Even though Jehoshaphat already had great wealth and honor, he allied himself with Ahab through marriage.
References for 2 Chronicles 18:1
A few years later, while Jehoshaphat was visiting Ahab in Samaria, Ahab slaughtered many sheep and oxen for Jehoshaphat and those who were with him in order to persuade him to attack Ramoth-gilead.
"Will you go with me to Ramoth-gilead?" Israel's King Ahab asked Judah's King Jehoshaphat. Jehoshaphat replied, "I and my people will be united with you and your people in battle.
But," Jehoshaphat said to Israel's king, "first, let's see what the LORD has to say."
So Israel's king gathered four hundred prophets and asked them, "Should we go to war with Ramoth-gilead or not?" "Attack!" the prophets answered. "God will hand it over to the king."
But Jehoshaphat said, "Isn't there any other prophet of the LORD around whom we could ask?"
"There's one other man who could ask the LORD for us," Israel's king told Jehoshaphat, "but I hate him because he never prophesies anything good about me, only bad. His name is Micaiah, Imlah's son." "The king shouldn't speak like that!" Jehoshaphat said.
So Israel's king called an officer and ordered, "Bring Micaiah, Imlah's son, right away."
Now Israel's king and Judah's King Jehoshaphat were sitting on their thrones dressed in their royal robes at the threshing floor beside the entrance to the gate of Samaria. All the prophets were prophesying in front of them.
Zedekiah, Chenaanah's son, made iron horns for himself and said, "This is what the LORD says: With these horns you will gore the Arameans until there's nothing left of them!"
The other prophets agreed: "Attack Ramoth-gilead and win! The LORD will hand it over to the king!"
Meanwhile, the messenger who had gone to summon Micaiah said to him, "Listen, the prophets all agree that the king will succeed. You should say the same thing they say and prophesy success."
But Micaiah answered, "As surely as the LORD lives, I will say only what God tells me to say."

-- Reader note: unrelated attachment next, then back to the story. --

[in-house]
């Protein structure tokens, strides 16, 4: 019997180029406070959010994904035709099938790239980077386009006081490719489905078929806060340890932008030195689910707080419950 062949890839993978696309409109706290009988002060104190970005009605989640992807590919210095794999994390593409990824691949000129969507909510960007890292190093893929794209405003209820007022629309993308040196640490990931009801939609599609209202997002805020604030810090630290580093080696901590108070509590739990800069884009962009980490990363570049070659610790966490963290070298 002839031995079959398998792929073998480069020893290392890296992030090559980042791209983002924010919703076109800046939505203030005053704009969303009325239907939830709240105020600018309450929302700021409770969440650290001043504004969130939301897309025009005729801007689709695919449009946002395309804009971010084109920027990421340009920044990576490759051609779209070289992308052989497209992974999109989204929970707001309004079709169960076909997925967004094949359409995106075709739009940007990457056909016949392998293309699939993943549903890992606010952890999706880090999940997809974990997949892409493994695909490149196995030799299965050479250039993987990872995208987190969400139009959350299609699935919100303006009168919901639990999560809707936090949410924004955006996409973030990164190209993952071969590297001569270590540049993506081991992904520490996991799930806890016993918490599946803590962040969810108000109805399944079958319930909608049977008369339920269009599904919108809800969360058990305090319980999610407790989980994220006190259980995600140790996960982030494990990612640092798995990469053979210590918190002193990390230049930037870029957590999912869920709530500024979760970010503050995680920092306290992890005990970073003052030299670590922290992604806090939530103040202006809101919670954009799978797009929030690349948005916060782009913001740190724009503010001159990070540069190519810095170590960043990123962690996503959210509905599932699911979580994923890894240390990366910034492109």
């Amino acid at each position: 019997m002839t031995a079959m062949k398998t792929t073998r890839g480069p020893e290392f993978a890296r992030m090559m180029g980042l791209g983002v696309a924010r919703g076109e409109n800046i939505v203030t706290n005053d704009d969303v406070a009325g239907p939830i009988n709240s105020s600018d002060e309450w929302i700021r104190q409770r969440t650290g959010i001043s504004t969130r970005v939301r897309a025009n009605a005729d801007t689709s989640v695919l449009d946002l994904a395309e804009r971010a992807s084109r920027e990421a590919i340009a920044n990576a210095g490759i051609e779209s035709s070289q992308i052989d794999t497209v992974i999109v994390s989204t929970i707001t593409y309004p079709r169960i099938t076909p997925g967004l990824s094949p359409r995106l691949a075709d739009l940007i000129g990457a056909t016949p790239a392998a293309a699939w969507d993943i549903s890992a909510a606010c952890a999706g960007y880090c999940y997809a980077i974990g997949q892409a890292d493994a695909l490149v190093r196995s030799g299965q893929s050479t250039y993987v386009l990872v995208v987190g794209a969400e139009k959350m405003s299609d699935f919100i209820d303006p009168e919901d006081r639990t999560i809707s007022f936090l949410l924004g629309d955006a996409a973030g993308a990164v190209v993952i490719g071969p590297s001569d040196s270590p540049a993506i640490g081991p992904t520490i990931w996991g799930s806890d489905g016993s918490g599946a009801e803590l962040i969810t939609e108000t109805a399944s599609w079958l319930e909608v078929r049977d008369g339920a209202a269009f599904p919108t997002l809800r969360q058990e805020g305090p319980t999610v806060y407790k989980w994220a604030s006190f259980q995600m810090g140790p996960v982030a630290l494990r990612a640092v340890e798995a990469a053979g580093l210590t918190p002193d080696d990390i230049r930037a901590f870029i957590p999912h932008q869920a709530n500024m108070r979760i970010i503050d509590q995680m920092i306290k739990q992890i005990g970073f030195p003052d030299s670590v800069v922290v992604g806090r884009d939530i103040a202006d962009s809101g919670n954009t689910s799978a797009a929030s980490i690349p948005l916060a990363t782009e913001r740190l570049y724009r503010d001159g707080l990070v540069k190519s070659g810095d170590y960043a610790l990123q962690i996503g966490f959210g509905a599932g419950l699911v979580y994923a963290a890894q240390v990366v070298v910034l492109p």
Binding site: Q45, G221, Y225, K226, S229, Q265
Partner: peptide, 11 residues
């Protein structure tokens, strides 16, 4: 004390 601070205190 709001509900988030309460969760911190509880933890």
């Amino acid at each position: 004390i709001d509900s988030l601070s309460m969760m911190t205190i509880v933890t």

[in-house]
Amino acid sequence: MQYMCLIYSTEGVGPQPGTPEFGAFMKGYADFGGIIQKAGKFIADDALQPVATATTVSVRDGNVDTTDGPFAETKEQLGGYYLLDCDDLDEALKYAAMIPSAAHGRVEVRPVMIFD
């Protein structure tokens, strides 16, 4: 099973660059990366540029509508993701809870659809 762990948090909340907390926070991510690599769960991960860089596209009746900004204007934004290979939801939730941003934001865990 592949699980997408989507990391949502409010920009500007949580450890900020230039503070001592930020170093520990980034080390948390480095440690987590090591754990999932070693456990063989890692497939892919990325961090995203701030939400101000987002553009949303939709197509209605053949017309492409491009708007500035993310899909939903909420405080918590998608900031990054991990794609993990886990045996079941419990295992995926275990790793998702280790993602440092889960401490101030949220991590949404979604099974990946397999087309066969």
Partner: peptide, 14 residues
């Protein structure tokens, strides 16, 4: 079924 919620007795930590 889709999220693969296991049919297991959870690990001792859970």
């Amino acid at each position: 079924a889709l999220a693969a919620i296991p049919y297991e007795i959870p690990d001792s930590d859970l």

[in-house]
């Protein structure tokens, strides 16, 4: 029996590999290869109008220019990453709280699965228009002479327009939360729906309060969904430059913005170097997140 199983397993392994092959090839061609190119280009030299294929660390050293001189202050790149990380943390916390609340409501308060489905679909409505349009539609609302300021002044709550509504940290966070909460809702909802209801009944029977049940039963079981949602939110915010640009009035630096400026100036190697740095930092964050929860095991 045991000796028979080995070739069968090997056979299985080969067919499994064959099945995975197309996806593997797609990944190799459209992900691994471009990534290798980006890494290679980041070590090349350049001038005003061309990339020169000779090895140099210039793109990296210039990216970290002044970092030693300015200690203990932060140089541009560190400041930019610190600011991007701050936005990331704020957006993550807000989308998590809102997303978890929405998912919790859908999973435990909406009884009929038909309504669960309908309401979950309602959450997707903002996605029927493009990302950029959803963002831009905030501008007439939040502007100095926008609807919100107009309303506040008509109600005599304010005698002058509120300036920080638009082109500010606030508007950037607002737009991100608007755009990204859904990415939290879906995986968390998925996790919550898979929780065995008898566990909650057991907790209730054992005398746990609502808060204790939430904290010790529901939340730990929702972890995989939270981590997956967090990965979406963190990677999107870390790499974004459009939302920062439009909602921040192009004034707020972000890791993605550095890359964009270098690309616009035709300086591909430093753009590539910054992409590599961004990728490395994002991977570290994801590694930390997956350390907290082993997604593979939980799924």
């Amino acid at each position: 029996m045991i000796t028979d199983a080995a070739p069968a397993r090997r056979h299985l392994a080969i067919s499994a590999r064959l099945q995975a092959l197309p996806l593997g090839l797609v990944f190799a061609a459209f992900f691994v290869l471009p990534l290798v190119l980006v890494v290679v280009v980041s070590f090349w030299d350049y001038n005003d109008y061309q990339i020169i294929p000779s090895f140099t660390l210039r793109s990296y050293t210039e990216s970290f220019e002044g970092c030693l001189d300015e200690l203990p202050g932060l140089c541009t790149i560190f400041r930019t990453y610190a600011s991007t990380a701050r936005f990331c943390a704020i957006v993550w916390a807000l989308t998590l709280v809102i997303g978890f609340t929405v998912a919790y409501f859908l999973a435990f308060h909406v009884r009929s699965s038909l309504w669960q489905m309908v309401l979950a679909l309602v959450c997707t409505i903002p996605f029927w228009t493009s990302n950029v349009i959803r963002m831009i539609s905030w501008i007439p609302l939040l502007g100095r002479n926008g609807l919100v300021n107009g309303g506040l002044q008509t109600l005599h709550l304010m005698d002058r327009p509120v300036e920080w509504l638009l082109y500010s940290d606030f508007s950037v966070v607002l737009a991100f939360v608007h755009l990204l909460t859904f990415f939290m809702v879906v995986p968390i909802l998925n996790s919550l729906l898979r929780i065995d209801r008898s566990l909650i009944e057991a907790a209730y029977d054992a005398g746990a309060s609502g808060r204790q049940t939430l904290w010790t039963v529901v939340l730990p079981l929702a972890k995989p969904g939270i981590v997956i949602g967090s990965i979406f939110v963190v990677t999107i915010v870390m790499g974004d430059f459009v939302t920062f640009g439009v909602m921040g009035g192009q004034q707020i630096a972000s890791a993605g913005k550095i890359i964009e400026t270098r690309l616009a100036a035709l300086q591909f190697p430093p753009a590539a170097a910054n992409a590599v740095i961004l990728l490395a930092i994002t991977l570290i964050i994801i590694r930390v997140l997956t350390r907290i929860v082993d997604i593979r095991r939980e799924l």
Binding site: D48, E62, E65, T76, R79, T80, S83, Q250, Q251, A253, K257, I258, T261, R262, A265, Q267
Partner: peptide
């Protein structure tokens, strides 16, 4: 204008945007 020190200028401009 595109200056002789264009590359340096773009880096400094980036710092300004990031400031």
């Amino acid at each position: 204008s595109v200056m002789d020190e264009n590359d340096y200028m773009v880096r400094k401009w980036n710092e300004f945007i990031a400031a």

References for 2 Chronicles 18:13
When Micaiah arrived, the king asked him, "Micaiah, should we go to war with Ramoth-gilead or not?" "Attack and win!" Micaiah answered. "The LORD will hand it over to the king."
But the king said, "How many times must I demand that you tell me the truth when you speak in the LORD's name?"
Then Micaiah replied, "I saw all Israel scattered on the hills like sheep without a shepherd! And then the LORD said: ‘They have no master. Let them return safely to their own homes.'"
Then Israel's king said to Jehoshaphat, "Didn't I tell you? He never prophesies anything good about me, only bad."
Then Micaiah said, "Listen now to the LORD's word: I saw the LORD enthroned with all the heavenly forces stationed at his right and at his left.
The LORD said, ‘Who will persuade Israel's King Ahab so that he attacks Ramoth-gilead and dies there?' There were several suggestions,
until one particular spirit approached the LORD and said, ‘I will persuade him.' ‘How?' the LORD asked.
‘I will be a lying spirit in the mouths of all his prophets,' he said. The LORD agreed: ‘You will succeed in persuading him! Go ahead!'
So now, since the LORD placed a lying spirit in the mouths of these prophets of yours, it is the LORD who has pronounced disaster against you!"
Zedekiah, Chenaanah's son, approached Micaiah and slapped him on the cheek. "Just how did the LORD's spirit leave me to speak to you?" he asked.
Micaiah answered, "You will find out on the day you try to hide in an inner room."
"Arrest him," ordered Israel's king, "and turn him over to Amon the city governor and to Joash the king's son.
Tell them, ‘The king says: Put this man in prison and feed him minimum rations of bread and water until I return safely.'"
"If you ever return safely," Micaiah replied, "then the LORD wasn't speaking through me." Then he added, "Mark my words, every last one of you!"
So Israel's king and Judah's King Jehoshaphat attacked Ramoth-gilead.
Israel's king said to Jehoshaphat, "I will disguise myself when we go into battle, but you should wear your royal attire." When the king of Israel had disguised himself, they entered the battle.
Meanwhile, Aram's king had commanded his chariot officers, "Don't bother with anyone big or small. Fight only with Israel's king."
When the chariot officers saw Jehoshaphat, they assumed that he must be Israel's king, so they turned to attack him. But when Jehoshaphat cried out, the LORD helped him, and God lured them away from him.
When the chariot officers realized that he wasn't Israel's king, they stopped chasing him.
Someone, however, randomly shot an arrow that struck Israel's king between the joints in his armor. "Turn around and get me out of the battle," the king told his chariot driver. "I've been hit!"
While the battle raged all that day, Israel's king stood propped up in his chariot facing the Arameans. But that evening he died, just as the sun was going down.